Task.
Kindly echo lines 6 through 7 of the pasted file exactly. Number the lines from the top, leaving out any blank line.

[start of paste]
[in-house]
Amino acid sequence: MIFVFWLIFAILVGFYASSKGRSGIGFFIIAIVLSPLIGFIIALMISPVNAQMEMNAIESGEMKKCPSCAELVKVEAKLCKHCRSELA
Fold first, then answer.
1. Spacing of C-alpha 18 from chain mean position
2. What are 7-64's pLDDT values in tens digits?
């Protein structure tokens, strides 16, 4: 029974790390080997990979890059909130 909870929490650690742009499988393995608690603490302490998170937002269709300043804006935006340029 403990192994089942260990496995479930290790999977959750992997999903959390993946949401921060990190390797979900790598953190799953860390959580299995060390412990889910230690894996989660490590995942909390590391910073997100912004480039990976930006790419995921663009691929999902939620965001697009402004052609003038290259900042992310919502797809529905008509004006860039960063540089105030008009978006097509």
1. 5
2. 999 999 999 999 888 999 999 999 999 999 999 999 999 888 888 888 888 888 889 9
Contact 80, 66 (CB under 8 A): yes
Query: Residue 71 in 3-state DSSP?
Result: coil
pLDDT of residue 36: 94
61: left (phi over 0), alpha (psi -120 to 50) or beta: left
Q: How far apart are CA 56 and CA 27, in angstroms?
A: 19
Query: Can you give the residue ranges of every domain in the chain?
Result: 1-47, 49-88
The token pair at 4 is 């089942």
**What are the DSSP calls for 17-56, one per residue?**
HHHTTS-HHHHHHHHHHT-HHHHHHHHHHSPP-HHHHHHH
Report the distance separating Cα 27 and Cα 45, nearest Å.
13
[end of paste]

């Protein structure tokens, strides 16, 4: 029974790390080997990979890059909130 909870929490650690742009499988393995608690603490302490998170937002269709300043804006935006340029 403990192994089942260990496995479930290790999977959750992997999903959390993946949401921060990190390797979900790598953190799953860390959580299995060390412990889910230690894996989660490590995942909390590391910073997100912004480039990976930006790419995921663009691929999902939620965001697009402004052609003038290259900042992310919502797809529905008509004006860039960063540089105030008009978006097509």
1. 5